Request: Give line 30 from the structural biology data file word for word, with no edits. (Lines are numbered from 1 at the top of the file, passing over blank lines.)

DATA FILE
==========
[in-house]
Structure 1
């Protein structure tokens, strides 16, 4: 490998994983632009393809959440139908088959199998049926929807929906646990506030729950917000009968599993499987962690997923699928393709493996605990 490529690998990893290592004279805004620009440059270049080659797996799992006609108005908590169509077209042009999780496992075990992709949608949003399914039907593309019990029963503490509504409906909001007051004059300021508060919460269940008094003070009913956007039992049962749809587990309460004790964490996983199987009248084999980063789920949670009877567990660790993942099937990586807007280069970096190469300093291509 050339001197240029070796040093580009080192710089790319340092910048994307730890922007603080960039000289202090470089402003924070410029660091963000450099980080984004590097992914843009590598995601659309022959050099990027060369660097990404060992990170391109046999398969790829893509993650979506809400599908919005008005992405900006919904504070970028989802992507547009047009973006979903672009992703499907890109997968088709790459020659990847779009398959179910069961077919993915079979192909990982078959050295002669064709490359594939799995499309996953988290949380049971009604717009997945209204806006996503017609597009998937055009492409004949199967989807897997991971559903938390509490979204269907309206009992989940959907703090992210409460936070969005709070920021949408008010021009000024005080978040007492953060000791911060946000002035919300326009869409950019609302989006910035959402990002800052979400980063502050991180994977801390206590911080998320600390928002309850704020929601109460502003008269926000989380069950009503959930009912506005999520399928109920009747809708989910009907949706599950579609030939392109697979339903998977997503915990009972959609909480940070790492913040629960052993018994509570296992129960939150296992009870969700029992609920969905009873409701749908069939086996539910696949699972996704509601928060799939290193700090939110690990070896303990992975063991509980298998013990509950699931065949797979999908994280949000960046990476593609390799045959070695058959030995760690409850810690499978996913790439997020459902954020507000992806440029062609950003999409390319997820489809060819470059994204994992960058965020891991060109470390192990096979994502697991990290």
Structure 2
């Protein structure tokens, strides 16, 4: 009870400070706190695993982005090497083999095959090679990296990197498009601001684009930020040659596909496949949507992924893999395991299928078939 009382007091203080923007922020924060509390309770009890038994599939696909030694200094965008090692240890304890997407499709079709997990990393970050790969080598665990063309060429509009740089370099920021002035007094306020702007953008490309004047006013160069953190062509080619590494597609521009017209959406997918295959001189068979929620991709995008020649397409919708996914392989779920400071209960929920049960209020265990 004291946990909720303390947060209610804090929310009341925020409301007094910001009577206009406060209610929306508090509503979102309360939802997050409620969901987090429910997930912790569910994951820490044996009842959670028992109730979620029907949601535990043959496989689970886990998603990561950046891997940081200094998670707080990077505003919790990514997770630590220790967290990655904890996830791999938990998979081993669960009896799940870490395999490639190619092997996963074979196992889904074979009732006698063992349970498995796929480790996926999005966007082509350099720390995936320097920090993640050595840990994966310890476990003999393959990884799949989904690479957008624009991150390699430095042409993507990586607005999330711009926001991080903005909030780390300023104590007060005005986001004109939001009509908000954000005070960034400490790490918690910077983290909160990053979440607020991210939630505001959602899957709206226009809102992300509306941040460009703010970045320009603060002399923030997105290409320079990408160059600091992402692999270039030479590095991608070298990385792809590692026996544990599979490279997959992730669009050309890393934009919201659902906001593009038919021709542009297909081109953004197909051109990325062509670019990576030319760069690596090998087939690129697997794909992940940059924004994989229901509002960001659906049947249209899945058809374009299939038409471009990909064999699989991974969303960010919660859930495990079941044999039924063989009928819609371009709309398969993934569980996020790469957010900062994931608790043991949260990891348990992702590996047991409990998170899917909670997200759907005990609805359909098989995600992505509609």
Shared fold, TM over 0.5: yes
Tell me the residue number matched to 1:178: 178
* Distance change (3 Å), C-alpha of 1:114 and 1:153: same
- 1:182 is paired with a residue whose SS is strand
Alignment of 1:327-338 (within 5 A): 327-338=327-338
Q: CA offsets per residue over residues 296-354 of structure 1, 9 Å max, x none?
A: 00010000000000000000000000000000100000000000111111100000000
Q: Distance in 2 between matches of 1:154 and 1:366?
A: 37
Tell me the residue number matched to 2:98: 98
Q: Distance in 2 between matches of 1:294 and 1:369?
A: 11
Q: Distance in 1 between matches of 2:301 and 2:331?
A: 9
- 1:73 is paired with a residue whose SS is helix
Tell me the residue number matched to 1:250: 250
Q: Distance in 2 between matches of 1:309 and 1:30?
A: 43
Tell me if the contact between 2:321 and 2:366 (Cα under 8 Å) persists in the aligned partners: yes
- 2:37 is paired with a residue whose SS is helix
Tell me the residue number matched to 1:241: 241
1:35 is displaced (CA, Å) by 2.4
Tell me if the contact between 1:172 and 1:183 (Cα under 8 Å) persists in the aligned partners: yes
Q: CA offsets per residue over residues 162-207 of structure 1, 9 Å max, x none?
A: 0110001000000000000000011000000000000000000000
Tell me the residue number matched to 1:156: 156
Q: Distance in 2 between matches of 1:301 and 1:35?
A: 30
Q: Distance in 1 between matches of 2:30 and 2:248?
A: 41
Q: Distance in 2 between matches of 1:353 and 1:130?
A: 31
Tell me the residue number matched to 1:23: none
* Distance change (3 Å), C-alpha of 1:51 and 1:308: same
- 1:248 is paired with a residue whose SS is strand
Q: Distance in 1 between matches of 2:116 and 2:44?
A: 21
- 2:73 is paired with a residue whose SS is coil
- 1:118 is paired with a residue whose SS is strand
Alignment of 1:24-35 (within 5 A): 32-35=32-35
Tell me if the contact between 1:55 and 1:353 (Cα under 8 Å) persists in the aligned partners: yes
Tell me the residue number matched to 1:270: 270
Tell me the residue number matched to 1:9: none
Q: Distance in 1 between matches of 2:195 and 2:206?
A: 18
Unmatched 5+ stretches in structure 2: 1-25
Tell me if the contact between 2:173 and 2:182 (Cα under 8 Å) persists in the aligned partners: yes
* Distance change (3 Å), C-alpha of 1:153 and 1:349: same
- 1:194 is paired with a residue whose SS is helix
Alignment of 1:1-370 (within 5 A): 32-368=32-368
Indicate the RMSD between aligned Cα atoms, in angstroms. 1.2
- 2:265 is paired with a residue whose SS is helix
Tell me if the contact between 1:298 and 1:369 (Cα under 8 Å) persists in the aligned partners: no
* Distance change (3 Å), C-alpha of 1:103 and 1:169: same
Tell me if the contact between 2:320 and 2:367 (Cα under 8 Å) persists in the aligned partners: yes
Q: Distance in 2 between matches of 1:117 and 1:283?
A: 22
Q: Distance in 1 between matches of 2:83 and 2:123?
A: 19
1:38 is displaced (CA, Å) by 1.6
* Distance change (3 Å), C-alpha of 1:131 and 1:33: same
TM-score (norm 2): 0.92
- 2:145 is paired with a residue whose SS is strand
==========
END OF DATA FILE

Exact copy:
A: 0110001000000000000000011000000000000000000000